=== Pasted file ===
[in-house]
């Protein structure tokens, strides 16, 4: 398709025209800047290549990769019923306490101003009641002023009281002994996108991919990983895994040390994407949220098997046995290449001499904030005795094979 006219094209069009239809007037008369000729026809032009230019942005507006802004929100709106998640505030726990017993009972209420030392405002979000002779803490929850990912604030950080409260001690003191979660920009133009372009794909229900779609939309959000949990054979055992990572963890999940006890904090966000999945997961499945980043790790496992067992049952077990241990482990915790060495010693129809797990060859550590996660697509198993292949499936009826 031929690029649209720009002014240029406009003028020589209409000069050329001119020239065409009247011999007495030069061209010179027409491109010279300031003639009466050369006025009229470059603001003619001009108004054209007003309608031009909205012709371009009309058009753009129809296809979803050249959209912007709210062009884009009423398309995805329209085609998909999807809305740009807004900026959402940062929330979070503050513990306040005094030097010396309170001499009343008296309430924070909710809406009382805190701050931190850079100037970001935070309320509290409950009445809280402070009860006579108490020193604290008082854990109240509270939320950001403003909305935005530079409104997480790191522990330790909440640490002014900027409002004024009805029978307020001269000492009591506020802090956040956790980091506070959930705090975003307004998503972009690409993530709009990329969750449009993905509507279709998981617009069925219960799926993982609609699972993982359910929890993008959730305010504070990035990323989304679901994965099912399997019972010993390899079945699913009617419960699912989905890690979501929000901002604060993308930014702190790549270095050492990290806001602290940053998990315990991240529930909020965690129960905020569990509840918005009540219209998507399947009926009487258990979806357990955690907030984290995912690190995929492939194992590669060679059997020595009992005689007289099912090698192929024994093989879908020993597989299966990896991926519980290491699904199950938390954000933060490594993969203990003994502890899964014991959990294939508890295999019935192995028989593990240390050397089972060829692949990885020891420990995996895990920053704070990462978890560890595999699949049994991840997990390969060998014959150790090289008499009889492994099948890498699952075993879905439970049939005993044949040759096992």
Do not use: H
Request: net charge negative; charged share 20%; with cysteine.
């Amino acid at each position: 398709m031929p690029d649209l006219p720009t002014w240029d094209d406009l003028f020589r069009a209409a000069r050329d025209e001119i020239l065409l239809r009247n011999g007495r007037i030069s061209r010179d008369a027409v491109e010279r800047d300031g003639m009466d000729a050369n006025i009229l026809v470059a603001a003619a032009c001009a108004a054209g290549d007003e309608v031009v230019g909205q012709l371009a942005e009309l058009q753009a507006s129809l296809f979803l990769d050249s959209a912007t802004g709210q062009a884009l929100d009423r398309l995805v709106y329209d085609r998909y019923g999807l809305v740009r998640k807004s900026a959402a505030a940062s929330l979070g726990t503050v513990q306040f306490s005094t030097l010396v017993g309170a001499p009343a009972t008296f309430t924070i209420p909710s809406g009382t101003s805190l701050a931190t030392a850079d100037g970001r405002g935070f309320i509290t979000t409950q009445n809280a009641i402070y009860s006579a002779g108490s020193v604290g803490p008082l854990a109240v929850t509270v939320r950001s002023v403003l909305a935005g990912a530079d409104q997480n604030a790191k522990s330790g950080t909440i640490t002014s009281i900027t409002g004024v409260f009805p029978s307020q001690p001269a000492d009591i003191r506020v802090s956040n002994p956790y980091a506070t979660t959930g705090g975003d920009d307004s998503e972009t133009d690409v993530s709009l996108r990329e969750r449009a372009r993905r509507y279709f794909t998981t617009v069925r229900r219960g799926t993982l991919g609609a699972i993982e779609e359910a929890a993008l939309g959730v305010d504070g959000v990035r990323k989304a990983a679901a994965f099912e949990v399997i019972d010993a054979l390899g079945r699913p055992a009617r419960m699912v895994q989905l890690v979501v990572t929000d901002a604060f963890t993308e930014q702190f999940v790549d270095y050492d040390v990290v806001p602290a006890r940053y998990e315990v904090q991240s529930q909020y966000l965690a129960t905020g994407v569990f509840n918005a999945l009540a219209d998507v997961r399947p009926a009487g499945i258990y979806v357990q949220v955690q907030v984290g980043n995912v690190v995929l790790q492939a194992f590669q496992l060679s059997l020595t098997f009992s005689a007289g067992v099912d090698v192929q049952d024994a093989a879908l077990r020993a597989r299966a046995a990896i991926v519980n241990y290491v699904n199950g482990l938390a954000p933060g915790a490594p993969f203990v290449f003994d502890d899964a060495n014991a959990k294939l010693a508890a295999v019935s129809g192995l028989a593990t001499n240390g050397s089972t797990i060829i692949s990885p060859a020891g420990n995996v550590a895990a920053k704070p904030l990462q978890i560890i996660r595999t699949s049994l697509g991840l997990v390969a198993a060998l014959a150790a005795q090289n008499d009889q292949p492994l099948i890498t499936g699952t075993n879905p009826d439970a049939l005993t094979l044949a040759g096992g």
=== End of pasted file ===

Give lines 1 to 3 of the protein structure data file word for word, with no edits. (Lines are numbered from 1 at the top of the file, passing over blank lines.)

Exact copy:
[in-house]
């Protein structure tokens, strides 16, 4: 398709025209800047290549990769019923306490101003009641002023009281002994996108991919990983895994040390994407949220098997046995290449001499904030005795094979 006219094209069009239809007037008369000729026809032009230019942005507006802004929100709106998640505030726990017993009972209420030392405002979000002779803490929850990912604030950080409260001690003191979660920009133009372009794909229900779609939309959000949990054979055992990572963890999940006890904090966000999945997961499945980043790790496992067992049952077990241990482990915790060495010693129809797990060859550590996660697509198993292949499936009826 031929690029649209720009002014240029406009003028020589209409000069050329001119020239065409009247011999007495030069061209010179027409491109010279300031003639009466050369006025009229470059603001003619001009108004054209007003309608031009909205012709371009009309058009753009129809296809979803050249959209912007709210062009884009009423398309995805329209085609998909999807809305740009807004900026959402940062929330979070503050513990306040005094030097010396309170001499009343008296309430924070909710809406009382805190701050931190850079100037970001935070309320509290409950009445809280402070009860006579108490020193604290008082854990109240509270939320950001403003909305935005530079409104997480790191522990330790909440640490002014900027409002004024009805029978307020001269000492009591506020802090956040956790980091506070959930705090975003307004998503972009690409993530709009990329969750449009993905509507279709998981617009069925219960799926993982609609699972993982359910929890993008959730305010504070990035990323989304679901994965099912399997019972010993390899079945699913009617419960699912989905890690979501929000901002604060993308930014702190790549270095050492990290806001602290940053998990315990991240529930909020965690129960905020569990509840918005009540219209998507399947009926009487258990979806357990955690907030984290995912690190995929492939194992590669060679059997020595009992005689007289099912090698192929024994093989879908020993597989299966990896991926519980290491699904199950938390954000933060490594993969203990003994502890899964014991959990294939508890295999019935192995028989593990240390050397089972060829692949990885020891420990995996895990920053704070990462978890560890595999699949049994991840997990390969060998014959150790090289008499009889492994099948890498699952075993879905439970049939005993044949040759096992």
Do not use: H